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Next Up: Beloved

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Hello Toni Morrison.

Beloved is another powerful book on the list that deals with racism, discrimination, and slavery. Elements of some, or all three, have appeared in Gone With The Wind, To Kill A Mockingbird, Go Tell It On The Mountain, and The Sound and the Fury, just to name a few.

I haven’t read any of Toni Morrison’s books. And, to be honest, I’m pretty much going into this book “cold,” without much knowledge of what to expect. Thankfully, I haven’t seen the movie either, so I won’t have to picture Oprah as the main character.

Some quick facts about Beloved and Toni Morrison:

  • Beloved won the Pulitzer Prize in 1988.
  • In 1998, the book was turned into a feature film starring Oprah Winfrey and Danny Glover.
  • A 2006 New York Times survey of writers and book critics named the book the best work of American fiction in the last 25 years.
  • Morrison is the last American to have won a Nobel Prize in Literature (1993).
  • Morrison is heavily involved in politics and sparked a controversy in 1998 when she said Bill Clinton was facing impeachment because of his “blackness.”
  • She’s written a crapload of novels, including The Bluest Eye and Song of Solomon, a crapload of nonfiction, and won a crapload of awards.

I know a lot of you have read this book, because it received a lot of votes when I asked you to vote on the next 5.

So fill me in. What should I expect from Beloved?

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14 Comments Post a comment
  1. scotte #

    before we get much further, have we quantified “a crapload”? is it more then a smidgen but less then heck-of-lot?


    October 19, 2011
    • It’s a highly technical term. More than a smidgen, less than a dollop. “Buttload” could also be used.


      October 19, 2011
  2. Matt #

    Great book. I think you’ll love it.


    October 19, 2011
  3. I recently read it in my quest to “read myself into a writer”, a quest that obviously also includes Shakespeare, Dickens, Hemingway and so forth.

    Beloved is tough going, very definitely a book-lover’s book, not for those seeking cheap thrills or light summertime reading.

    I am left with a sense of atmosphere after reading it, and it influenced me as a writer.

    Very much one of the best books I’ve read.


    October 19, 2011
  4. There’s a lot going on in this book – too much to reasonably take in in one read, I think. When I wrote my review on it I eventually had to give up the dream of writing a “review” and write instead on the one aspect of the novel that I felt I could focus on, which was the way Paul D viewed everyone around him. That said, it’s a stunner of a book. I recently reread Paradise, which was the first Morrison I’d read (I’ve only read the two) and Beloved wins out over Paradise by far. I read it a month or two ago, but am already looking forward to the reread.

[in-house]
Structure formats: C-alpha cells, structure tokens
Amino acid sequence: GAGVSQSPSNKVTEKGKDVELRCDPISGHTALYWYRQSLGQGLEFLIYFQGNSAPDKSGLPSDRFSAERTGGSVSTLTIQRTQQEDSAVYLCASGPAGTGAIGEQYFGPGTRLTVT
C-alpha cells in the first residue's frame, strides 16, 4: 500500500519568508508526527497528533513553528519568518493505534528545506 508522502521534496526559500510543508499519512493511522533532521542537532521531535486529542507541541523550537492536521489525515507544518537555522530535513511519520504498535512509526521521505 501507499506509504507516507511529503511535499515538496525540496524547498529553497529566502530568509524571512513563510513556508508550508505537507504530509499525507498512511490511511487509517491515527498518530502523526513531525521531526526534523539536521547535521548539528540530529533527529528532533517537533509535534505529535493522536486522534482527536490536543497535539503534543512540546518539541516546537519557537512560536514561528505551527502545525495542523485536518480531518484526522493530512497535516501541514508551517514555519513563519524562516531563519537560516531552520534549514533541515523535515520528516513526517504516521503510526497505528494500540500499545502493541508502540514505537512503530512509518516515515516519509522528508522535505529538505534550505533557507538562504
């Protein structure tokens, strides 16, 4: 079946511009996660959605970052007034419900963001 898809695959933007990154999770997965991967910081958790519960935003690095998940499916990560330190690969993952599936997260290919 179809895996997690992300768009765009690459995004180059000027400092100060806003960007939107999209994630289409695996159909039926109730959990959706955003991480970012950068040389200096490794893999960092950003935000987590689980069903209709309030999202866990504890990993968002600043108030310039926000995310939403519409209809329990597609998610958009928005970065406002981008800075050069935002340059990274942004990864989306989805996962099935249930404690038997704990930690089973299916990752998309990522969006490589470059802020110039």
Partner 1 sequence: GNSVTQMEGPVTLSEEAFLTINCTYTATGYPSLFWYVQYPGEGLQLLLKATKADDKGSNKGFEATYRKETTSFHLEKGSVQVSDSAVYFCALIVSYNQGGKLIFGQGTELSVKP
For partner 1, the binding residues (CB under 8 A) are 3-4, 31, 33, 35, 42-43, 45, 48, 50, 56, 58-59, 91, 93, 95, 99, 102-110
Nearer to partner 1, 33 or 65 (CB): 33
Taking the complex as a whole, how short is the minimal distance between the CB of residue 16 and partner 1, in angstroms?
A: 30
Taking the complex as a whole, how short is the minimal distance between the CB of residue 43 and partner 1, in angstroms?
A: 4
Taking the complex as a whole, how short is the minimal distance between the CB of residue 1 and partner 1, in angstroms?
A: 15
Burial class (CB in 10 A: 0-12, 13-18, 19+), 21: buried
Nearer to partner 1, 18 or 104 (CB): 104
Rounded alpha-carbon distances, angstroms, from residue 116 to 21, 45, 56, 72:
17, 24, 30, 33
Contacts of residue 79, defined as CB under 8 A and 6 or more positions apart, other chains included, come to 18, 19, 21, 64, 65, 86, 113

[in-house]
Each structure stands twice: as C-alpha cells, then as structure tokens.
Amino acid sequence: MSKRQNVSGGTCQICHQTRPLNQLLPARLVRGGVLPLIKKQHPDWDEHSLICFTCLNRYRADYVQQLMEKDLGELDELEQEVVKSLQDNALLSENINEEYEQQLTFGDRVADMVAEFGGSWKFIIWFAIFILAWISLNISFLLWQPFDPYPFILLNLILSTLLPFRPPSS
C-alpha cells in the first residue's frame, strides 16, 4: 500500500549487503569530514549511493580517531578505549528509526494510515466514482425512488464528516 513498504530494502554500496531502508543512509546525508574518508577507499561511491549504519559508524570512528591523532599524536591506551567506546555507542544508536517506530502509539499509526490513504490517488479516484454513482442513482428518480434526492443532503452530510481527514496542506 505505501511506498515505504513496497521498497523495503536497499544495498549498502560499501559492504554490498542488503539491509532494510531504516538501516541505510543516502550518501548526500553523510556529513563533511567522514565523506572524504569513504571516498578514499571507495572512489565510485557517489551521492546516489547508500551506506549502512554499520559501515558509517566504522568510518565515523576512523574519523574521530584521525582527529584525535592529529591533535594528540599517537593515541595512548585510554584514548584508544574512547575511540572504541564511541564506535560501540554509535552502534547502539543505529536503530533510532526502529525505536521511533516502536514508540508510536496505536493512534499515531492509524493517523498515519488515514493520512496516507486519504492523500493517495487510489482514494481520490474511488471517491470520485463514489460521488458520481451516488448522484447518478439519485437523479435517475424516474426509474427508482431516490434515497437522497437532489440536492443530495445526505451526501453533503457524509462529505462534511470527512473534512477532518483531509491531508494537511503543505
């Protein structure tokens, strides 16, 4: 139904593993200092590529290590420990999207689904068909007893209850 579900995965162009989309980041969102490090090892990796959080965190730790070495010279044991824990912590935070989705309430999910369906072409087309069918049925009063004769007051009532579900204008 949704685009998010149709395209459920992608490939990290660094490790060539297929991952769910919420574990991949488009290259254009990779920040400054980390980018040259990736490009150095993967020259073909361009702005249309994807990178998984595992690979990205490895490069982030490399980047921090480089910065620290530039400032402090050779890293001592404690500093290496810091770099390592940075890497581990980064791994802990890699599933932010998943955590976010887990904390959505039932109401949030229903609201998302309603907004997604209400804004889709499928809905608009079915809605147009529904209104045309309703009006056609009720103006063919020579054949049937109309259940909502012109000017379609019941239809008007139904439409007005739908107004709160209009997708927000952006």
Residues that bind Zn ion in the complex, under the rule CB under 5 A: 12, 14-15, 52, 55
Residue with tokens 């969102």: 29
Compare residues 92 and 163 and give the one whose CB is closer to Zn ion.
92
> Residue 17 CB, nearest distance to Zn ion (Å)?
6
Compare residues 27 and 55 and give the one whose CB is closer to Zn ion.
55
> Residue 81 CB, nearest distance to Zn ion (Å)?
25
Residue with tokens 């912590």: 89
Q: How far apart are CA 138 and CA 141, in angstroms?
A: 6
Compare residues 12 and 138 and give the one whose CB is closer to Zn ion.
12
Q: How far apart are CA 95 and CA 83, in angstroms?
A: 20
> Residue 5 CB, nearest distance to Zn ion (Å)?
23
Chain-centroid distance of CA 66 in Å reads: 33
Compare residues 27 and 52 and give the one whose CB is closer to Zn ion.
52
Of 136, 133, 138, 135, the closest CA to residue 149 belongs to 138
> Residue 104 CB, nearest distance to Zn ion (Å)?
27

October 19, 2011
    • Glad to hear this one should be worth the time. I’ve found her style takes a little adjusting to read, but I’m getting used to it.


      October 19, 2011
  5. Rula Mazigi #

    I read it in 1996 and I still remember its heaviness, but it was very well written. The first chapter is essential in setting the tone for both the seriousness of the novel and the reader’s view of the main character, Beloved’s mother. Haunting and raw one does feel heavy, but I remember too that it was a page turner. I hope you enjoy as I did.


    October 19, 2011
    • Definitely feeling the “heaviness” of the book right away.


      October 19, 2011
  6. Honestly, didn’t think much of the book.


    October 19, 2011
  7. Beloved is one of my favorite books. I think Ellen is right when she says that it’s not a book you can only read once. You have to read it at least twice to get everything in. Happy reading.


    October 19, 2011
  8. Haven’t read it yet…I’ll read it with you!


    October 19, 2011
  9. This book is absolutely brilliant! It takes reading it more than once to really understand the whole story and appreciate the craft. Morrison is the most important American female author in recent history.

    I’m currently reading Song of Solomon and it’s great. After Beloved, you may be put off by Morrison, but I’ve found her other work to be much easier to read (however, the subject matter continues to be disturbing).

    Looking forward to your review!


    October 26, 2011

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